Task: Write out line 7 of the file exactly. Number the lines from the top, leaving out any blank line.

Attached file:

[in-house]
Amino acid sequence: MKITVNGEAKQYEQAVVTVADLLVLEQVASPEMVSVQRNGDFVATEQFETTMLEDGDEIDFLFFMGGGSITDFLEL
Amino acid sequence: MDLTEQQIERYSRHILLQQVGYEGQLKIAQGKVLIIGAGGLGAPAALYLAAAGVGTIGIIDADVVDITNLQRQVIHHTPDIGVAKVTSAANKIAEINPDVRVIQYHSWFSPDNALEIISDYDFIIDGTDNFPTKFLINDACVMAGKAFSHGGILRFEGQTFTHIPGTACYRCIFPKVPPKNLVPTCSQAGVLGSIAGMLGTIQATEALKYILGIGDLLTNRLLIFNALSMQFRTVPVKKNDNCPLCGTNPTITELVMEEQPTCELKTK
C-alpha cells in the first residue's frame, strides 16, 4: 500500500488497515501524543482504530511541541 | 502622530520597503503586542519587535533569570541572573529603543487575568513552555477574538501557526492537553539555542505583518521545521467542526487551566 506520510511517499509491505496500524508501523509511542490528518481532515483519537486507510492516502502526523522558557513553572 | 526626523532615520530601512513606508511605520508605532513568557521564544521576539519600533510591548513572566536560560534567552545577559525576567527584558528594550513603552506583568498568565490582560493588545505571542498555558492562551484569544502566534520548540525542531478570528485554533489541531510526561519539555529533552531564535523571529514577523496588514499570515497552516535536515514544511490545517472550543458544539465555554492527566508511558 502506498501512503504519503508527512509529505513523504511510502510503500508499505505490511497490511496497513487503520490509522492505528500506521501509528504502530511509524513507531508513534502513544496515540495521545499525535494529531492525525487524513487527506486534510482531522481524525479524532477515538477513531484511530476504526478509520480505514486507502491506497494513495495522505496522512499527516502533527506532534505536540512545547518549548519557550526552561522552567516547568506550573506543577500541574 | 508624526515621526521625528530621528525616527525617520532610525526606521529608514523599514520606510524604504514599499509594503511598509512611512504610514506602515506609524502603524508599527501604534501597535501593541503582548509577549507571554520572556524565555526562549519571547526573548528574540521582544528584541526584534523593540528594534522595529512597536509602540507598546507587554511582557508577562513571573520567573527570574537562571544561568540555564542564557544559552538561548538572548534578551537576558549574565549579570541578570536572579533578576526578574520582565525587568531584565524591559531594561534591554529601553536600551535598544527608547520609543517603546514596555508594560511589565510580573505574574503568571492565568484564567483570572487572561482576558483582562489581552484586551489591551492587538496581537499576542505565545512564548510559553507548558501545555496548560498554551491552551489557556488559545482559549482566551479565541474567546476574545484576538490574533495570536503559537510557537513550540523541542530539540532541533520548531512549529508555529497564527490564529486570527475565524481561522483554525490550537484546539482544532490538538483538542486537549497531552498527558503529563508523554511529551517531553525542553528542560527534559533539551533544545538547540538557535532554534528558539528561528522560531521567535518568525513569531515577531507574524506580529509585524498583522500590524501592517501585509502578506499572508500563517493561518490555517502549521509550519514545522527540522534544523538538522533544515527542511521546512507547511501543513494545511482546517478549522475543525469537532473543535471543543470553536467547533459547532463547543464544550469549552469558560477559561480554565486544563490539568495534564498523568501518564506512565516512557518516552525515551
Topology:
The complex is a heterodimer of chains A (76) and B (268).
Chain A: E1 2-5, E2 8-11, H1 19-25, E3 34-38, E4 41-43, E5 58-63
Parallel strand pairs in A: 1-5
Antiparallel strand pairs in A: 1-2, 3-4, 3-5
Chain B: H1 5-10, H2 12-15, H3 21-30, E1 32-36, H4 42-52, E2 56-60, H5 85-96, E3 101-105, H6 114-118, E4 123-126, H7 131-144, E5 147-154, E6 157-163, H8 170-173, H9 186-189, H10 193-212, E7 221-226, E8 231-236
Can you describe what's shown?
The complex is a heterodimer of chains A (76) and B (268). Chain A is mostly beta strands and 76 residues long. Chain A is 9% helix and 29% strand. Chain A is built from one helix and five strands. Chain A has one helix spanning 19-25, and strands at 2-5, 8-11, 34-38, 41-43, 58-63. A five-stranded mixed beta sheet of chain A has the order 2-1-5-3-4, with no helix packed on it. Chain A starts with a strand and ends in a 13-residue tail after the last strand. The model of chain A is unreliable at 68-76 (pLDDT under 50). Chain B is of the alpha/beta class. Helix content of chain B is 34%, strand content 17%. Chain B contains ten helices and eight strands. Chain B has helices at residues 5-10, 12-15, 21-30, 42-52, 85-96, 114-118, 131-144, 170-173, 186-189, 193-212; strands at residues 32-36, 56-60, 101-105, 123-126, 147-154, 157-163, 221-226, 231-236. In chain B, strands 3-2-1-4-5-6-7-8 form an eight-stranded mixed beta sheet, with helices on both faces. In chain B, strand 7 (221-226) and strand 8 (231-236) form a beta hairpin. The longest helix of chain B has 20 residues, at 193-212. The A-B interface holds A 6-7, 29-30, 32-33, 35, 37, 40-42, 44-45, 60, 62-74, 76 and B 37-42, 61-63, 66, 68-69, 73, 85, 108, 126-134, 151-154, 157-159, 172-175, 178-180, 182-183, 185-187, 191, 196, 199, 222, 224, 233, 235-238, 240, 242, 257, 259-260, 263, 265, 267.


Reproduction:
Chain A: E1 2-5, E2 8-11, H1 19-25, E3 34-38, E4 41-43, E5 58-63